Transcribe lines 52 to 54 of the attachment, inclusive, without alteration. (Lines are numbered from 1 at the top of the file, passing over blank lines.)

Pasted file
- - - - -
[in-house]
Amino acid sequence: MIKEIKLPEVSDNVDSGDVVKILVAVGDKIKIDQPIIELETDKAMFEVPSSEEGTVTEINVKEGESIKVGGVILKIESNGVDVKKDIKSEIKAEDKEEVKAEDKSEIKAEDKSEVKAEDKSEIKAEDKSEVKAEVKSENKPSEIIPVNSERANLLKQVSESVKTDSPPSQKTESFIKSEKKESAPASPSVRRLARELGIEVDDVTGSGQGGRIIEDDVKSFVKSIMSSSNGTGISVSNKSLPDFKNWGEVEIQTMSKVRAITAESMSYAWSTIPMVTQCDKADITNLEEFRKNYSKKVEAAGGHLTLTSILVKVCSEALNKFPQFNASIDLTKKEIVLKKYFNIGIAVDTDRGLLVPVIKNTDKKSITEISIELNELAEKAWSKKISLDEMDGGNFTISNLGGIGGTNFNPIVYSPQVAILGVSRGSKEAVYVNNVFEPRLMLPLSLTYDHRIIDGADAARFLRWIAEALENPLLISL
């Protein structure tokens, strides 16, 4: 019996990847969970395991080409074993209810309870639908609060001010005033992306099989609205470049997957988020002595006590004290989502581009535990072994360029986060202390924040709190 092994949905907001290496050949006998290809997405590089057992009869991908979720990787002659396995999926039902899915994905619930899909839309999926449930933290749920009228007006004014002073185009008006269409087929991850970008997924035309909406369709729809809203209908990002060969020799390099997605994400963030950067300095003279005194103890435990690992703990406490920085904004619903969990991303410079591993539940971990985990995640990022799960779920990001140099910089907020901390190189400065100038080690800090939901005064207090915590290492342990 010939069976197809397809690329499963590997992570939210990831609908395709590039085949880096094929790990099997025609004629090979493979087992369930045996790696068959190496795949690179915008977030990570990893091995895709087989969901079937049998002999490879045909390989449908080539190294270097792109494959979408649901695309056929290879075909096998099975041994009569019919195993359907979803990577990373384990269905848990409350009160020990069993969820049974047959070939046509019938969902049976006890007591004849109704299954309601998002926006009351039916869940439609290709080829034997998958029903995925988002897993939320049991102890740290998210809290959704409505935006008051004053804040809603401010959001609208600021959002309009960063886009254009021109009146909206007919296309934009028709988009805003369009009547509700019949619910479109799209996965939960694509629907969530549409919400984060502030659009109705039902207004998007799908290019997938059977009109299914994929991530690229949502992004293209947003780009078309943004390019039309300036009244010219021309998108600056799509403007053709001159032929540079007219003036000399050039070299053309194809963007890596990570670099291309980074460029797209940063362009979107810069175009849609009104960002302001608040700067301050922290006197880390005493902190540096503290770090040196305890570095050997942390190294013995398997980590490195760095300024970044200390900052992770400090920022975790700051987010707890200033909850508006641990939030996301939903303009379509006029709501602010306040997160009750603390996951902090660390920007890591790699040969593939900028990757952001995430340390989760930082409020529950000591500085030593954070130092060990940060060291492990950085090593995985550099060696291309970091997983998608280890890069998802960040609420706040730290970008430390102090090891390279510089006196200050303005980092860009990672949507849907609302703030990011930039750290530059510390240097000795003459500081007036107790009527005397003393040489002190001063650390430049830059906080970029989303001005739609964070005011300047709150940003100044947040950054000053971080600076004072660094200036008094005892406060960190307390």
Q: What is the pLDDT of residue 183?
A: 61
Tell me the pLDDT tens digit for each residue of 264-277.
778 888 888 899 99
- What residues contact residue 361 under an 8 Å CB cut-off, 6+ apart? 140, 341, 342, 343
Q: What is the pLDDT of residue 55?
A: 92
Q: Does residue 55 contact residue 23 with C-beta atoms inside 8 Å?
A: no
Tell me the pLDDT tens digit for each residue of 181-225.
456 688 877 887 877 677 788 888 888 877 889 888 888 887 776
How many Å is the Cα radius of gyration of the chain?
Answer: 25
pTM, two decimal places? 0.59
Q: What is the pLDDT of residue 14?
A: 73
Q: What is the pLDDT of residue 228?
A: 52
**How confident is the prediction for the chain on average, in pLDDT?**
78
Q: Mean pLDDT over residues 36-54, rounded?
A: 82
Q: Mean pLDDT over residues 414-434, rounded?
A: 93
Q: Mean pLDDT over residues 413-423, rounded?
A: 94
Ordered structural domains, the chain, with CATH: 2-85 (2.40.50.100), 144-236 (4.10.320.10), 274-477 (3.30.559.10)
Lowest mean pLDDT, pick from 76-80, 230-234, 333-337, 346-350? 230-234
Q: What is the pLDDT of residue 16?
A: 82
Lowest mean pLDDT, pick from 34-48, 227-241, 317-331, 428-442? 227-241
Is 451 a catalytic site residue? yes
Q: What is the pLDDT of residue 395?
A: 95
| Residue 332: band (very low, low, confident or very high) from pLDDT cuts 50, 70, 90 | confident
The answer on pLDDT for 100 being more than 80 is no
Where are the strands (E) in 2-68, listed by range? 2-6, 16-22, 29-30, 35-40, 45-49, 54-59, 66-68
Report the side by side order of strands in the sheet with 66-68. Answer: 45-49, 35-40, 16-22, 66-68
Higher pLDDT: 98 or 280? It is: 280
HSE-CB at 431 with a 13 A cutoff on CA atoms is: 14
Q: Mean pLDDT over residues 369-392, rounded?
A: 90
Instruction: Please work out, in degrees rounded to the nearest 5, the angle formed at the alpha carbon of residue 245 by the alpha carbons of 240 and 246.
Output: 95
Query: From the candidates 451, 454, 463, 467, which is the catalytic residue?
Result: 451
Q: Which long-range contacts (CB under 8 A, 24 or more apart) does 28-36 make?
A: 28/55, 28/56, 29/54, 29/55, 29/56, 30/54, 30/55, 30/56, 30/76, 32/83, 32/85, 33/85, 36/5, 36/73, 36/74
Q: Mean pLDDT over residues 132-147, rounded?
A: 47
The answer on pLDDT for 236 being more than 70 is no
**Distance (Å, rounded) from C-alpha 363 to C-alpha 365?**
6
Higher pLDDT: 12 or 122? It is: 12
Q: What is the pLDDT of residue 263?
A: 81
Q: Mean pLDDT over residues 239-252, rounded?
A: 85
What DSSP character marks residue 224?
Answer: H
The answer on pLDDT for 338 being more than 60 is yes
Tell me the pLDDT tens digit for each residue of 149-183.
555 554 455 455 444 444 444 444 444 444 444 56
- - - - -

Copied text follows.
Q: Mean pLDDT over residues 132-147, rounded?
A: 47
The answer on pLDDT for 236 being more than 70 is no